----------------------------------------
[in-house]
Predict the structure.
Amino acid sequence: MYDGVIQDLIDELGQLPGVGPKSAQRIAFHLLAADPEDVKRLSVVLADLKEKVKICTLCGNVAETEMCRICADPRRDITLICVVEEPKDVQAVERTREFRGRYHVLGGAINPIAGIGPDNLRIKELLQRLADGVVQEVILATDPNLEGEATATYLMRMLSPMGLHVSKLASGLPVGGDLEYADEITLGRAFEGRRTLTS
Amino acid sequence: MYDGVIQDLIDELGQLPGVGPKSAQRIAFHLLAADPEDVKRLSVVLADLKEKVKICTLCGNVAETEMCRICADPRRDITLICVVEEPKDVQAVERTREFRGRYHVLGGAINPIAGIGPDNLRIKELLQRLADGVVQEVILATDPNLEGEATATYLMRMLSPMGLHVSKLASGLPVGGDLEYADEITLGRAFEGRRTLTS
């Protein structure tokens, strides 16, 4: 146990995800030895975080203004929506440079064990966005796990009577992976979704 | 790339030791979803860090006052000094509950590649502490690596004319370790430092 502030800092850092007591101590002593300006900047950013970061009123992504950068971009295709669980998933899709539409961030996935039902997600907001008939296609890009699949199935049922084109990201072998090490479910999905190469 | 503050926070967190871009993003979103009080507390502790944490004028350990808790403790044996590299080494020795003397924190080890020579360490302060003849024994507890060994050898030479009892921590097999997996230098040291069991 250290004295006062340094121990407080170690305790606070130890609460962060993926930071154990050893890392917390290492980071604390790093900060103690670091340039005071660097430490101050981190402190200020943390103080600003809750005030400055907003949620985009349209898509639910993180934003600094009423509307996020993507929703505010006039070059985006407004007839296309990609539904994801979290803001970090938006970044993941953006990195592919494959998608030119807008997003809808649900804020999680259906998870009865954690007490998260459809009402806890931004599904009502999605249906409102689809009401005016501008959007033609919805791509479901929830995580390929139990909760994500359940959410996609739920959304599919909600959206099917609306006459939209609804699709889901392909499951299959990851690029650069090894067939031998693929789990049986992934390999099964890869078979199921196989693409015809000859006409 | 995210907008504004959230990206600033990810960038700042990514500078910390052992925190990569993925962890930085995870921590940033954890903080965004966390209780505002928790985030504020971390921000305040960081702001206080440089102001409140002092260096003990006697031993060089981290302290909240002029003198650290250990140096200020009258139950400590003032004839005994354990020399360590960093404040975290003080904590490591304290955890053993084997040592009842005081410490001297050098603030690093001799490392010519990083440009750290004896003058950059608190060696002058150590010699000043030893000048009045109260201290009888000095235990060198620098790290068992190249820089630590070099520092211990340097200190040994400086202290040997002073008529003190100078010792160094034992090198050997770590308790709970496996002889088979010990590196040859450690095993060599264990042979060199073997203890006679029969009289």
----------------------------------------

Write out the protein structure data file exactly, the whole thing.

[in-house]
Predict the structure.
Amino acid sequence: MYDGVIQDLIDELGQLPGVGPKSAQRIAFHLLAADPEDVKRLSVVLADLKEKVKICTLCGNVAETEMCRICADPRRDITLICVVEEPKDVQAVERTREFRGRYHVLGGAINPIAGIGPDNLRIKELLQRLADGVVQEVILATDPNLEGEATATYLMRMLSPMGLHVSKLASGLPVGGDLEYADEITLGRAFEGRRTLTS
Amino acid sequence: MYDGVIQDLIDELGQLPGVGPKSAQRIAFHLLAADPEDVKRLSVVLADLKEKVKICTLCGNVAETEMCRICADPRRDITLICVVEEPKDVQAVERTREFRGRYHVLGGAINPIAGIGPDNLRIKELLQRLADGVVQEVILATDPNLEGEATATYLMRMLSPMGLHVSKLASGLPVGGDLEYADEITLGRAFEGRRTLTS
């Protein structure tokens, strides 16, 4: 146990995800030895975080203004929506440079064990966005796990009577992976979704 | 790339030791979803860090006052000094509950590649502490690596004319370790430092 502030800092850092007591101590002593300006900047950013970061009123992504950068971009295709669980998933899709539409961030996935039902997600907001008939296609890009699949199935049922084109990201072998090490479910999905190469 | 503050926070967190871009993003979103009080507390502790944490004028350990808790403790044996590299080494020795003397924190080890020579360490302060003849024994507890060994050898030479009892921590097999997996230098040291069991 250290004295006062340094121990407080170690305790606070130890609460962060993926930071154990050893890392917390290492980071604390790093900060103690670091340039005071660097430490101050981190402190200020943390103080600003809750005030400055907003949620985009349209898509639910993180934003600094009423509307996020993507929703505010006039070059985006407004007839296309990609539904994801979290803001970090938006970044993941953006990195592919494959998608030119807008997003809808649900804020999680259906998870009865954690007490998260459809009402806890931004599904009502999605249906409102689809009401005016501008959007033609919805791509479901929830995580390929139990909760994500359940959410996609739920959304599919909600959206099917609306006459939209609804699709889901392909499951299959990851690029650069090894067939031998693929789990049986992934390999099964890869078979199921196989693409015809000859006409 | 995210907008504004959230990206600033990810960038700042990514500078910390052992925190990569993925962890930085995870921590940033954890903080965004966390209780505002928790985030504020971390921000305040960081702001206080440089102001409140002092260096003990006697031993060089981290302290909240002029003198650290250990140096200020009258139950400590003032004839005994354990020399360590960093404040975290003080904590490591304290955890053993084997040592009842005081410490001297050098603030690093001799490392010519990083440009750290004896003058950059608190060696002058150590010699000043030893000048009045109260201290009888000095235990060198620098790290068992190249820089630590070099520092211990340097200190040994400086202290040997002073008529003190100078010792160094034992090198050997770590308790709970496996002889088979010990590196040859450690095993060599264990042979060199073997203890006679029969009289």